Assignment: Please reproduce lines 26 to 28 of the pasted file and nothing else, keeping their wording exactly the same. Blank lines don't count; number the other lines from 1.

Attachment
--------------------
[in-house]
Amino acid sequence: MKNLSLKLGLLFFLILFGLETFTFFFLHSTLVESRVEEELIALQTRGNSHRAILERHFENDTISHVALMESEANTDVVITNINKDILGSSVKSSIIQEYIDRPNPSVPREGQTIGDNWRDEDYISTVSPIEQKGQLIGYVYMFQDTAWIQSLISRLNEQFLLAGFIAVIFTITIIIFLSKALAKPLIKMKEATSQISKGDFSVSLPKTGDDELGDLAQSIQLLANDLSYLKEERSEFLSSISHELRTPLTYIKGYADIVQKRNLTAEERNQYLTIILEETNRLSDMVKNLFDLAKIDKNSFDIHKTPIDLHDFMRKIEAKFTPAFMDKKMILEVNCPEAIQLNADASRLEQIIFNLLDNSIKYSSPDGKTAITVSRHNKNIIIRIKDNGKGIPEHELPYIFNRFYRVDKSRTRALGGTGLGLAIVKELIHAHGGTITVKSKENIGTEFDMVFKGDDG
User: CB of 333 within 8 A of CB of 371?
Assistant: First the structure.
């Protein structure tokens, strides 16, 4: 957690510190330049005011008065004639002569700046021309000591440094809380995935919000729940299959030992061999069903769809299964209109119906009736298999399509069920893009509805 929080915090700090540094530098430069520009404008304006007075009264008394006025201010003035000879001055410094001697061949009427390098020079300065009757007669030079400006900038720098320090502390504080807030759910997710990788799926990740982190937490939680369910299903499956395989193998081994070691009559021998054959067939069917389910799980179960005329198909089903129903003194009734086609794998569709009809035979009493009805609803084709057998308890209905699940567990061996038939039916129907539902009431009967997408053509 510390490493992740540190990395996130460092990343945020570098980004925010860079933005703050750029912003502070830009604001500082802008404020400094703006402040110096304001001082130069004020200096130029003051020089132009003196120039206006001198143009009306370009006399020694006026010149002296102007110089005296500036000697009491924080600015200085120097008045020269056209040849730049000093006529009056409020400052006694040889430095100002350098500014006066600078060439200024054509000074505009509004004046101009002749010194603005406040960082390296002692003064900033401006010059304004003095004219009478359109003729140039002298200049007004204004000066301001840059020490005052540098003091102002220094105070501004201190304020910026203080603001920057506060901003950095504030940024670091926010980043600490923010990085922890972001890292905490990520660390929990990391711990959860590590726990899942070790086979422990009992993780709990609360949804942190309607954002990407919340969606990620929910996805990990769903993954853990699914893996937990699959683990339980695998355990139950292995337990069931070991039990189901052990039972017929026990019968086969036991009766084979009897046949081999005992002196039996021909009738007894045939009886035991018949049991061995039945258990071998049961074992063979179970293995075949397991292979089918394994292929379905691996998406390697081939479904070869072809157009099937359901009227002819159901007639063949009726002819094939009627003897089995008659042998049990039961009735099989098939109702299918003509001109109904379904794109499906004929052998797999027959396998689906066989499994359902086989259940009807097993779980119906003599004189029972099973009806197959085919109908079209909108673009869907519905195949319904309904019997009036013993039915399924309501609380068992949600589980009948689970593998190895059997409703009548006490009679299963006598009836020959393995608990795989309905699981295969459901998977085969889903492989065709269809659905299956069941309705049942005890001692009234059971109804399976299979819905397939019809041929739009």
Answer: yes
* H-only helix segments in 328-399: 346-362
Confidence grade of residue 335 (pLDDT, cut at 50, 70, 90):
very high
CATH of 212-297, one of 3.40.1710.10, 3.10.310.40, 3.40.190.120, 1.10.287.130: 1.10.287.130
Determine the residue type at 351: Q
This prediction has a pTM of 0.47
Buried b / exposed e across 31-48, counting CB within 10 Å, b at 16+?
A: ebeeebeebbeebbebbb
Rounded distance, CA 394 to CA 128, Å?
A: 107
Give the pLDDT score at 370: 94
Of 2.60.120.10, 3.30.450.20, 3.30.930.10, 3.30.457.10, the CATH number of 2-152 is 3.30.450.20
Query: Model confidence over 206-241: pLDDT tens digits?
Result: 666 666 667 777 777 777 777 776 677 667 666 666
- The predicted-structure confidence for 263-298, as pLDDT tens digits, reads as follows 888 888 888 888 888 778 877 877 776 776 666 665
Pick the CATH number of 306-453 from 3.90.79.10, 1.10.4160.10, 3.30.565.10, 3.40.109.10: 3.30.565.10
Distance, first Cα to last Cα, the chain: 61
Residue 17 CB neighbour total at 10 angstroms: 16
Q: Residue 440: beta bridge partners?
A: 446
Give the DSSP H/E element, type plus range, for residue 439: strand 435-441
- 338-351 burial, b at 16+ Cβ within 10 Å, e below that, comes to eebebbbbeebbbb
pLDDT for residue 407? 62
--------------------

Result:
A: 446
Give the DSSP H/E element, type plus range, for residue 439: strand 435-441
- 338-351 burial, b at 16+ Cβ within 10 Å, e below that, comes to eebebbbbeebbbb